Name, Position and Company
Jill Goldson - Director, Therapeutic Mediator and Researcher, The Family Matters Centre Auckland.
My career journey started when, as an 8-year-old in the north of England, I read a book from my parents' bookshelf called The Shorn Lamb by John Stroud. Written by a front-line community social worker about his work and experiences in Northern England, I knew immediately that that was what I wanted to do.
A decade and a half later I had graduated with a master's degree in Applied Social Practice at Auckland University, on the other side of the world.
I worked in social work and counselling in diverse locations, a hospital in Auckland, community groups and community social work teaching in Melbourne, front line social work in London, stints on the radio, and a telephone crisis service for at risk children (Childline) in London.
Back in NZ I undertook a 12-year academic post teaching counselling and social work, and writing curriculum for a bachelor's degree. Following this I opened my own business, The Family Matters Centre where I conduct my private practice and publish my research. I see private clients and also those referred by the Family Court. I also train industry professionals on best practice for families in transition. I have been invited to teach by MOJ, mediation organisations and universities, both in NZ and overseas.
I have received a number of contestable awards for my work and practice and was made a Churchill Fellow in 2007, and a Fellow of the Resolution Institute in 2022.
I have received an award for academic development (RI) and also for further research (Borrin Institute, Law Foundation) and have presented on invitation to 27th World Summit in Milan and also given lectures and workshops in the Berlin Institute of Mediation, at the invitation of its professors (2019) and taught in London for Child and Family Advice and Support Service (Cafcass) at the invitation of their CEO.
I consult for Ministry of Justice on matters of family law and was invited to sit on the 2019 government family justice review (Te Korowai Ture a-Whanau) Expert Reference group (ERG) as a mediator.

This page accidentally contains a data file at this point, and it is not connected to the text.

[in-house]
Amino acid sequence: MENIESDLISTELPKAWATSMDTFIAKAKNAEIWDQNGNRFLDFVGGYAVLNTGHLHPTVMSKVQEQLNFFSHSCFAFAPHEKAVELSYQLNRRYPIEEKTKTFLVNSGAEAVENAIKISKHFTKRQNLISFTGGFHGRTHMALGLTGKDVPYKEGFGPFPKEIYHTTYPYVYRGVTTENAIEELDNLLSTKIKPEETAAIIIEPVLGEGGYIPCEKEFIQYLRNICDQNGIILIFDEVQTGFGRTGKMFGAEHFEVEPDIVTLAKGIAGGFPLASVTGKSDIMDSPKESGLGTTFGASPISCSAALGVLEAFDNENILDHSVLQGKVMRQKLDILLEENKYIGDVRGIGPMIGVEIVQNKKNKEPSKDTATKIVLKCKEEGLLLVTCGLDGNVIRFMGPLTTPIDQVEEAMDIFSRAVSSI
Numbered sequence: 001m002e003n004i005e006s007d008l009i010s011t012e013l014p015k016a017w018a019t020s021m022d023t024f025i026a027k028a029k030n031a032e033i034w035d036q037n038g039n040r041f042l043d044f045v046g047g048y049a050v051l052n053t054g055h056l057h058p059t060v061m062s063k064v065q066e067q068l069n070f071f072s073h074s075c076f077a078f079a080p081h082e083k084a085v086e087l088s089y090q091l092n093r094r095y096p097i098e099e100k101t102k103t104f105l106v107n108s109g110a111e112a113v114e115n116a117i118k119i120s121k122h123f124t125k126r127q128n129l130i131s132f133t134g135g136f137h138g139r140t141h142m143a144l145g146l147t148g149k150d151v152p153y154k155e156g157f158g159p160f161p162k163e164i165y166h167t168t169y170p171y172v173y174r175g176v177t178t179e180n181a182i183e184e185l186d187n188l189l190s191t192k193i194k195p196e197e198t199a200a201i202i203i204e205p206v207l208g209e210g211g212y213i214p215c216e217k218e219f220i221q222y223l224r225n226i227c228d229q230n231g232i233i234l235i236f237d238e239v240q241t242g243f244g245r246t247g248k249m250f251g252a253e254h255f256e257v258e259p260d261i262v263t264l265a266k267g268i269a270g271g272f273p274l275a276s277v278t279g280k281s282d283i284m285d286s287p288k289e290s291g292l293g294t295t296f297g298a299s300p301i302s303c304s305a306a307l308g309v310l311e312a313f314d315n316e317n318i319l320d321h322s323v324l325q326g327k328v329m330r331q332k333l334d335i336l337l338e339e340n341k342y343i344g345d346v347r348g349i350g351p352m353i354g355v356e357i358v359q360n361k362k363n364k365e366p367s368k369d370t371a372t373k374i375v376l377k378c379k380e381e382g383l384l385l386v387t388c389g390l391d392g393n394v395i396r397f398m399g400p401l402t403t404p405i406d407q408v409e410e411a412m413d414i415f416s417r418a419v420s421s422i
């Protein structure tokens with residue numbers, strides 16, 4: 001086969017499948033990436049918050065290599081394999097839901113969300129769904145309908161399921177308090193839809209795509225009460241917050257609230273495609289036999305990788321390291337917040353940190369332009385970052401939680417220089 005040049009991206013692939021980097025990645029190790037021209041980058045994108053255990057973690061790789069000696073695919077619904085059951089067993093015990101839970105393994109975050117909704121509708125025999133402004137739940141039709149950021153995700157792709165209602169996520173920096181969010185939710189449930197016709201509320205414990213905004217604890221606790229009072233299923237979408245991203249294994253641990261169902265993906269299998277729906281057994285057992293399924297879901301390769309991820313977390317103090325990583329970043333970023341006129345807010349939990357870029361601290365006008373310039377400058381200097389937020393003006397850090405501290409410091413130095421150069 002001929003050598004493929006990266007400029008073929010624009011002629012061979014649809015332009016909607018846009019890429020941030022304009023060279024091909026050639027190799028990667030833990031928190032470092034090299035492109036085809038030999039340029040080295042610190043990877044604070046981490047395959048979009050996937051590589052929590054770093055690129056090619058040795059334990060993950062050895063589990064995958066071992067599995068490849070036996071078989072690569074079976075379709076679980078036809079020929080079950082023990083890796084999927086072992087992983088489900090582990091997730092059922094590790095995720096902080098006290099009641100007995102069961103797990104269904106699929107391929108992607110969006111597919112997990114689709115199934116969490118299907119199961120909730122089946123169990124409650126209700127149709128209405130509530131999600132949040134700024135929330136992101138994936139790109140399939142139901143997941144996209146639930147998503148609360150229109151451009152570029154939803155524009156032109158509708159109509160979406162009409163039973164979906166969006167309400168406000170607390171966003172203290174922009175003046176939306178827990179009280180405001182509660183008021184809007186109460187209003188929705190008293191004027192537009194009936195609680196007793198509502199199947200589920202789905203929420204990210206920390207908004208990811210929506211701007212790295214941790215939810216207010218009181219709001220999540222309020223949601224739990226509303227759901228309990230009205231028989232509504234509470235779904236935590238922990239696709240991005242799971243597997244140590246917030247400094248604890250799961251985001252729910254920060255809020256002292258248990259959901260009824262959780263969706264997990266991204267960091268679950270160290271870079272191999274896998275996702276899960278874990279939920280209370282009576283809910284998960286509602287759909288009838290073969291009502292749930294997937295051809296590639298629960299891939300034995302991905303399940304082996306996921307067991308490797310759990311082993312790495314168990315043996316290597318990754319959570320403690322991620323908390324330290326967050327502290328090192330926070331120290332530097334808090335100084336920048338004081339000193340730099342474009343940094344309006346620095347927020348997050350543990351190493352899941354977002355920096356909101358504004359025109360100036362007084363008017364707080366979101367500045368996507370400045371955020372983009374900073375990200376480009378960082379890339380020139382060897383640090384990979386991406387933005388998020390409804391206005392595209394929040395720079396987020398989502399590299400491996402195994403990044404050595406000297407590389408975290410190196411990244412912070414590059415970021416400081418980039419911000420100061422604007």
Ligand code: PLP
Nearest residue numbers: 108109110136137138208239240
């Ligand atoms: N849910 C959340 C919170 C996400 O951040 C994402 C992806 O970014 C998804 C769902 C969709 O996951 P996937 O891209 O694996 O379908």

I continue to research and am currently reviewing models for management of parental alienation and am completing a teaching model which will be offered free of charge as an online training in the first half of this year.
I think those of us who have chosen to work in mediation and its allied fields are very lucky. I liken it to making a choice to get on a train and to see where it travels. The stops are diverse and yet interconnected – and the language and culture one picks up from one destination to the next simply enrich the experience of each place. It can be a vibrant and fast paced career, one which is constantly fed and refreshed by social change and the challenge to stay flexible and aware for both ourselves and our clients.
Favourite way to unplug from work
Exercise – from long walks to swimming and being at the gym, being in my 3-year-old grandson's world of fantasy, and our adventures walks and talks together, spending time with close friends and family, talking and listening to them.
If you could ask other mediators in the room one question, what would it be?
What qualities in a mediator do you, yourself, imagine would be the most helpful in your own situation?
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